On this 19th anniversary of the senseless slaughter that took place on a bright and beautiful day on the East Coast of the United States, we pause and take solemn moments to remember 9/11. Like the attack on Pearl Harbor in 1941, it is a day that will live in infamy. Like Pearl Harbor, it was a turning point in our national life and how we go about attempting to live normal lives. Virtually everything in our lives as Americans is divided between life before these attacks, and life after. And like the attack on Pearl Harbor 79 years ago that marked the entry of the United States into World War II, the attacks on New York City, Washington D.C., and Shanksville, Pennsylvania, ushered in a new war which we are still fighting: The Global War on Terrorism.
Even after 19 years, the tragic events of September 11, 2001, are still seared in our nation’s collective memory. 9/11 shook America to its core. On this date every year, it is impossible not to remember the events of that tragic day, where we were, what we were doing when we heard the news, and more.
Who could forget the pain, the suffering, and the horror of what became the deadliest terrorist attack on U.S. soil? It was a watershed moment in American history. Our lives, our political establishment, our current events, and even our national security can be observed as to how they were before 9/11—and how they have been ever since.
Here is a little-known fact which bears profound significance: The point of impact of the plane that struck the Pentagon (where 184 people died) was the newly remodeled area for the U.S. Army Chief of Chaplains and his staff. (I had the honor of serving on that staff after 9/11 for over 3 years.) The chaplains and staff had been scheduled to move in the week before, but the move was postponed. They actually were scheduled to move in later that day, September 11.
The fact that many of the offices were empty saved untold numbers of people, including the Chief of Chaplains, a major general, and dozens of other chaplains, chaplain assistants, and civilian staff. Still, so many others did die at the Pentagon. It was a horrific act of terror on our homeland. It was also a declaration of war on the United States by radical Islamists. More military people died that day than have been killed in a single day in the years that followed.
At that point of impact today is the official Pentagon Memorial Chapel. It was placed there in honor and memory of those who did die in that section of the Pentagon and to ensure that we never forget what happened there. (As the senior Episcopal Chaplain at the Pentagon, I had the honor of conducting weekly worship & Holy Communion services there until my retirement.) The chapel, along with the memorial markers on the lawn outside, is truly a sacred space, which can be felt when visiting there. It is also a solemn space. It is open to all 24/7. The chapel being placed at the spot where so many died, where hate was its strongest and evil its most prominent, is an unspoken reminder that in the end, love conquers hate; justice prevails over barbaric cruelty. That place of prayer and worship is a symbol that, in the end, God and good will prevail.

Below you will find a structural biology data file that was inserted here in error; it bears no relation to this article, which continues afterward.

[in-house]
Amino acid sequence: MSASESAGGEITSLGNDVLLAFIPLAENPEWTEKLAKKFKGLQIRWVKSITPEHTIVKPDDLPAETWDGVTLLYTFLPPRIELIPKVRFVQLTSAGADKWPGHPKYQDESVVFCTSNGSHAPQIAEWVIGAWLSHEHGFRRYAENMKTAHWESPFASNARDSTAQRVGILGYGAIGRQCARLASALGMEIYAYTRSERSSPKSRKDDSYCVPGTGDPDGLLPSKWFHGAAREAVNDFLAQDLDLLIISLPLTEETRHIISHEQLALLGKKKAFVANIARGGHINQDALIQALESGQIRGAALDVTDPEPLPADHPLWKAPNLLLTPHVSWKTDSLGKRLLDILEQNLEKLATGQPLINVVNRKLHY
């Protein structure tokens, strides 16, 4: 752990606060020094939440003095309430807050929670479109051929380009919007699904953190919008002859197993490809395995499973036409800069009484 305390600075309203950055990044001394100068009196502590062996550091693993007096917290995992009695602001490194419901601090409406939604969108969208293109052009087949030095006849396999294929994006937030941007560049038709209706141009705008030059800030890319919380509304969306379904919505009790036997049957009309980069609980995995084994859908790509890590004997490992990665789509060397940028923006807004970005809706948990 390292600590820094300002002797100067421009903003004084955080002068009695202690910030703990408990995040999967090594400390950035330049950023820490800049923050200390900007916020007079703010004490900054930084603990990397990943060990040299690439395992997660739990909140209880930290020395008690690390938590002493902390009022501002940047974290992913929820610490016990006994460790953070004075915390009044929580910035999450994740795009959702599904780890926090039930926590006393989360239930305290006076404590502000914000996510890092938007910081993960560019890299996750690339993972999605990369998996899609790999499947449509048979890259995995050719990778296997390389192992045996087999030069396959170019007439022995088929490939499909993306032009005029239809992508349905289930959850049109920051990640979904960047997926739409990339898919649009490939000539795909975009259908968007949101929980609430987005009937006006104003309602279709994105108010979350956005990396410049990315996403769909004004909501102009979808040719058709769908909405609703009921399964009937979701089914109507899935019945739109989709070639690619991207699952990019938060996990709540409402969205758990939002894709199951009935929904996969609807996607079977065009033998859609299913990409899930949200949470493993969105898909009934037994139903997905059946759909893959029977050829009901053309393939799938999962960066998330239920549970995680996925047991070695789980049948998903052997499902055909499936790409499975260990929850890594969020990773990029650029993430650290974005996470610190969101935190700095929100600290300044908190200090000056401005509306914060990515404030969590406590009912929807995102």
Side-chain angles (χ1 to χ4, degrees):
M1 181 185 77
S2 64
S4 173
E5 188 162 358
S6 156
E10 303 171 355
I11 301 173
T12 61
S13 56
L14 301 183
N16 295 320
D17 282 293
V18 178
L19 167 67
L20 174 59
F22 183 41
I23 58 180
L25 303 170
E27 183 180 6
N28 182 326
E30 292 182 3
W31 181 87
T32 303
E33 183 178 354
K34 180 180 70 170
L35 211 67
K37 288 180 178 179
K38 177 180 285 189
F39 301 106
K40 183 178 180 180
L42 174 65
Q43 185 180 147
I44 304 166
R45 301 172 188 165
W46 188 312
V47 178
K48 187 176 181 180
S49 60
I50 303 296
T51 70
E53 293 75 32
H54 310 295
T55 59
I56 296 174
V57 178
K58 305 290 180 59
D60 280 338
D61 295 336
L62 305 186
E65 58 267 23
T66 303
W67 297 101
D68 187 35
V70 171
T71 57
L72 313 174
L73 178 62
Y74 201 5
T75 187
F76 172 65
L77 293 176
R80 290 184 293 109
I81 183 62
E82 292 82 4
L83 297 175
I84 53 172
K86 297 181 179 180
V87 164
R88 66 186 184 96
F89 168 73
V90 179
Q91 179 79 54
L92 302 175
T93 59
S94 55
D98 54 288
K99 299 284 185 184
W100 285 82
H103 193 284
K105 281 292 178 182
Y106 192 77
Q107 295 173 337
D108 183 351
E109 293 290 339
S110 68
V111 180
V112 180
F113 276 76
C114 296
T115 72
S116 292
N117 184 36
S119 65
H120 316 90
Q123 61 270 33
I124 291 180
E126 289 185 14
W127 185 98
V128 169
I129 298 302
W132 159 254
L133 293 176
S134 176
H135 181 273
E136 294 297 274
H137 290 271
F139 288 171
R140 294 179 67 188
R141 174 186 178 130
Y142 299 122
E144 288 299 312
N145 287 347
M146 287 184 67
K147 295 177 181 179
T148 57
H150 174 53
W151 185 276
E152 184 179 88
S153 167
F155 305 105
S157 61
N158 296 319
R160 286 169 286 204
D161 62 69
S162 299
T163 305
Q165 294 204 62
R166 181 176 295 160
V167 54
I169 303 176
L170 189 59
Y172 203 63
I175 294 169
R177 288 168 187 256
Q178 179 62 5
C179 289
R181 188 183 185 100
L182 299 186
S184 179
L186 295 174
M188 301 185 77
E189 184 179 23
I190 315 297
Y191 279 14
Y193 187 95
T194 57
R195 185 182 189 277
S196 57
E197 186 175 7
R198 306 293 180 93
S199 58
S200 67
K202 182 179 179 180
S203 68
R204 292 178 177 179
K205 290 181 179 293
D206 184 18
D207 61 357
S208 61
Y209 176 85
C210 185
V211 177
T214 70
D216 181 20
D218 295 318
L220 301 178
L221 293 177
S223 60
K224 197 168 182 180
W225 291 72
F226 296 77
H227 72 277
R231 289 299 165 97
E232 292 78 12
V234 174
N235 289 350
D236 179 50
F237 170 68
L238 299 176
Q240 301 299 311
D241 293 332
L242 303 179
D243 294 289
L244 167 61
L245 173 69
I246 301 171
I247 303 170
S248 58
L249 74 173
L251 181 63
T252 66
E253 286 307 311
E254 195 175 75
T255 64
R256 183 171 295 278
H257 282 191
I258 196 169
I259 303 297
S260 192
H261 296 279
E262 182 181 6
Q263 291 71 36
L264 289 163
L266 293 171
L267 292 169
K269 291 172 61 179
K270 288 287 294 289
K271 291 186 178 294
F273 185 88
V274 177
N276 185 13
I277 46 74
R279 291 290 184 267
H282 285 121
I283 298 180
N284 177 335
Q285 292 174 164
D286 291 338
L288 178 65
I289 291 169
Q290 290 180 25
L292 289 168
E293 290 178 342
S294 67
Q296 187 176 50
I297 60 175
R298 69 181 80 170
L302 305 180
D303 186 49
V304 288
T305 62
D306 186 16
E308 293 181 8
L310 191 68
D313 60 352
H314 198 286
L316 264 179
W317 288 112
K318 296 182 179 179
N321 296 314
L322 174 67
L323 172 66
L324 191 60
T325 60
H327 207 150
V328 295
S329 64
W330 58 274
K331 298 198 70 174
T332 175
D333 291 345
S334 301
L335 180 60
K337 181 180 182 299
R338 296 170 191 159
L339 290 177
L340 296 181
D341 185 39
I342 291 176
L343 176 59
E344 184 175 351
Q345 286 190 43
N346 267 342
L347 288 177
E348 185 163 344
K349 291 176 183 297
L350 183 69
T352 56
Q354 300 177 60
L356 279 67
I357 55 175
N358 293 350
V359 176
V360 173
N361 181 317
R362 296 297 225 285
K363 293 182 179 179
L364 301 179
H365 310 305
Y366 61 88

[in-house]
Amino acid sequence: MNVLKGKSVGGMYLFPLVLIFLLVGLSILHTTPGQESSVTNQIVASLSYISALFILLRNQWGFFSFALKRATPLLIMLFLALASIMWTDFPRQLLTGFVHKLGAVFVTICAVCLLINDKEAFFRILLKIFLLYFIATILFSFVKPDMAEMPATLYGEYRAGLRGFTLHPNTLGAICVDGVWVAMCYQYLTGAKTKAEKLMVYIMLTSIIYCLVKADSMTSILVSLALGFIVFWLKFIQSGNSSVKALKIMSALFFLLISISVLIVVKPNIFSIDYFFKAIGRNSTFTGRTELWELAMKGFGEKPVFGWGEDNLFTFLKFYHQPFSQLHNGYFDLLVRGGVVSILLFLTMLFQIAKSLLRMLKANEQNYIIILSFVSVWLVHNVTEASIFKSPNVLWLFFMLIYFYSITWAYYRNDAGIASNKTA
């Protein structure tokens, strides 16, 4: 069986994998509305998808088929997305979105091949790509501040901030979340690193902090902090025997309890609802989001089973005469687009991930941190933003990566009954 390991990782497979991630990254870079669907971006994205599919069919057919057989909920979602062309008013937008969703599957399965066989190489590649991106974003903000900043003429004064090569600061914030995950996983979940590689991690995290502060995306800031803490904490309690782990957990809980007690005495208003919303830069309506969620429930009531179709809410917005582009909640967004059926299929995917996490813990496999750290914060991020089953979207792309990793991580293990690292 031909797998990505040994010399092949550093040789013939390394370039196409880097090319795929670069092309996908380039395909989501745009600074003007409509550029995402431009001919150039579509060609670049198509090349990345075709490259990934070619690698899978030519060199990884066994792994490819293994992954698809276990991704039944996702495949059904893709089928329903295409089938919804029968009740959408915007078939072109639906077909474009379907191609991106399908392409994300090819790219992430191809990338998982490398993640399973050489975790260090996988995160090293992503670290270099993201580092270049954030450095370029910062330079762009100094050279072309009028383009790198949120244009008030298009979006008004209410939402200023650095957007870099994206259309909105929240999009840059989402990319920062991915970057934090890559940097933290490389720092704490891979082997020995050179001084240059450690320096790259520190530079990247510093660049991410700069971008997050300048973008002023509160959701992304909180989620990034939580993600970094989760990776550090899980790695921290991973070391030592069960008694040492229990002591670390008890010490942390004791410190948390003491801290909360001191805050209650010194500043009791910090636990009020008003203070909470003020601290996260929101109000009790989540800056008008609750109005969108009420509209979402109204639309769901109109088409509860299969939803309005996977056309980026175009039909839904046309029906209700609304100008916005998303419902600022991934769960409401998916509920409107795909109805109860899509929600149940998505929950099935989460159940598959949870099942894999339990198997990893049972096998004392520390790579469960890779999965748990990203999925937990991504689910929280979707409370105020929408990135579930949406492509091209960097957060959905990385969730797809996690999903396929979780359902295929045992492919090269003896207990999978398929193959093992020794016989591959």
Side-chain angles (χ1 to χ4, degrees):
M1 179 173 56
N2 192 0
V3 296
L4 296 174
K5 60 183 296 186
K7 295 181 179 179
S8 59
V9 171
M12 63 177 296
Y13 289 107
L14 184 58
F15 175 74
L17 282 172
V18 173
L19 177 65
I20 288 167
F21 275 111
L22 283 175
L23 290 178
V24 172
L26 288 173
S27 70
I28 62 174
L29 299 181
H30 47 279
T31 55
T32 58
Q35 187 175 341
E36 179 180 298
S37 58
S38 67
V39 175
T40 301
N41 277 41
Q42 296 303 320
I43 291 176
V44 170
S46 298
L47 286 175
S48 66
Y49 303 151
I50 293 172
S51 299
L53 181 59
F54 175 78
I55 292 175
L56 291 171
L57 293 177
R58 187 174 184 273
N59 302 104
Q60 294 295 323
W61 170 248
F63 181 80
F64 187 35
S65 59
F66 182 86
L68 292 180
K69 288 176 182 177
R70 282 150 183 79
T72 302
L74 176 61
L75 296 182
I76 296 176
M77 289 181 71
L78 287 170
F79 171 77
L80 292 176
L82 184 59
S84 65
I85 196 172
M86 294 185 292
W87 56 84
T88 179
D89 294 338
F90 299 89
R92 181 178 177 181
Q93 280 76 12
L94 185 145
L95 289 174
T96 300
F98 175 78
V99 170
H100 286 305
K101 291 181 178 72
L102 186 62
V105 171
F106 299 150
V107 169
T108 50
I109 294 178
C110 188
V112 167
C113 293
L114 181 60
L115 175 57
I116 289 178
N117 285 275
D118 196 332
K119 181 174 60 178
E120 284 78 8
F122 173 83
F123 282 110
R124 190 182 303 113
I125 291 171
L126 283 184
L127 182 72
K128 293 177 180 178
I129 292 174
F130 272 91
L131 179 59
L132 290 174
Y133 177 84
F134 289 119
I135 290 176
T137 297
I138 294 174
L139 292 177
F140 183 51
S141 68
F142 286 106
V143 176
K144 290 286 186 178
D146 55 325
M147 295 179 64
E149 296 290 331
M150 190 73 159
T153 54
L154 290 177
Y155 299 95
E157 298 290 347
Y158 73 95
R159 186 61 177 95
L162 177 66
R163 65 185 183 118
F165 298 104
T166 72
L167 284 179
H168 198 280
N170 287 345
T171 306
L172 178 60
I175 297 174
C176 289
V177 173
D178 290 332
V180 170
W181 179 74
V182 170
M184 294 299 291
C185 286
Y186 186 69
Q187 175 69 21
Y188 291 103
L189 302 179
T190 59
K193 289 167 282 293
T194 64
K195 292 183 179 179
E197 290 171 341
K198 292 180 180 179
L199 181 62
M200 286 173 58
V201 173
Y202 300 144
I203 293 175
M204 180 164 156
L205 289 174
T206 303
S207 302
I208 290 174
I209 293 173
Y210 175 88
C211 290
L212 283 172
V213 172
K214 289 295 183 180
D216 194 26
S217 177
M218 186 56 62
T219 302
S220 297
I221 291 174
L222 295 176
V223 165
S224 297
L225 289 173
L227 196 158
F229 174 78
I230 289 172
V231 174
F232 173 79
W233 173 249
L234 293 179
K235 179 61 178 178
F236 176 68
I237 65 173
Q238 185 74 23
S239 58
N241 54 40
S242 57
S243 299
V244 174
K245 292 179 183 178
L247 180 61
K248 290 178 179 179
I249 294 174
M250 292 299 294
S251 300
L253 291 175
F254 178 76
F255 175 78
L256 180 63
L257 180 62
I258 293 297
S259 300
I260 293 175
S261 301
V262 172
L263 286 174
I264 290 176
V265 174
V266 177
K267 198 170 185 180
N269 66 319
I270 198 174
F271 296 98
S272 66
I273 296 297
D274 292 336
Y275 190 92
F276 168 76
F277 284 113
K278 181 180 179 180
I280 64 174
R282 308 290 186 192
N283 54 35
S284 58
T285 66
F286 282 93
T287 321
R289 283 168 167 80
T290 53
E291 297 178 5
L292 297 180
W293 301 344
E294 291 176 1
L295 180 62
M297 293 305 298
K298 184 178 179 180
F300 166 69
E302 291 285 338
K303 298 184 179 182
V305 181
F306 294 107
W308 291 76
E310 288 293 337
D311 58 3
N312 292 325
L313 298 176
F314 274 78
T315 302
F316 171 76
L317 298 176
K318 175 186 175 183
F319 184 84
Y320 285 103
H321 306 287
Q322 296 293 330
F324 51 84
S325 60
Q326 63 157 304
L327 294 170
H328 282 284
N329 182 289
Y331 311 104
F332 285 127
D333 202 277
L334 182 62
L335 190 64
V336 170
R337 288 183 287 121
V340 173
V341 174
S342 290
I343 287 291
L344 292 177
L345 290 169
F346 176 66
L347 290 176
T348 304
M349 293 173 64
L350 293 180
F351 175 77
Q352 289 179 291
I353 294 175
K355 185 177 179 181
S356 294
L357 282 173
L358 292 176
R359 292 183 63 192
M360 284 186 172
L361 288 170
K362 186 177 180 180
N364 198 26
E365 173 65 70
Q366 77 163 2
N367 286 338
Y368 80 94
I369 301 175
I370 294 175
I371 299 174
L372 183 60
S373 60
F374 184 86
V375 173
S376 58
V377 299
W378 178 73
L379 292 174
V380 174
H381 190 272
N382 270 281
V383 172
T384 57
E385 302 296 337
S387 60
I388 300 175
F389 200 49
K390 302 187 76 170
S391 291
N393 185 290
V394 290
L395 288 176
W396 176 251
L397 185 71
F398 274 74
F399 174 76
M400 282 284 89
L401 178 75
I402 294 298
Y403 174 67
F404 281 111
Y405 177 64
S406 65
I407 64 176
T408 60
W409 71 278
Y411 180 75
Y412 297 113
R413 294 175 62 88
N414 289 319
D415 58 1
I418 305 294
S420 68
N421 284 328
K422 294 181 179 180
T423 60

The war that began on 9/11 is not over. It is a multi-generational war. The price of freedom is eternal vigilance. While the U.S. and its allies have depleted the enemy of radical Islamist terror, they have not gone away. This evil stands ready to kill the innocent and to rain violence and injustice at every opportunity. While lately, attacks on the U.S. homeland have diminished, radical Islamists commit murder and other unimaginable cruelties on a daily basis literally around the world. This is why we cannot ever let down our guard.
In this time of political venom and polarization, we would do well to remember how we felt in the aftermath of the attacks on 9/11. Today, with so much outright hatred and ugly violence on some of the streets of our nation, along with a blatant disrespect for law enforcement and other authority, can we remember the afternoon of September 11, 2001, and the days and weeks right after? Can we lay aside political expediency? Can we acknowledge the sins of our Forefathers and still affirm that they did something unique and wonderful that forever positively impacted the entire world?
September 11, 2001: Never in our lifetime were we as united as a people as then. Our differences paled into insignificance. We needed each other. We clung to each other. We knew that America--while not flawless--was worth loving and worth defending. It still is.
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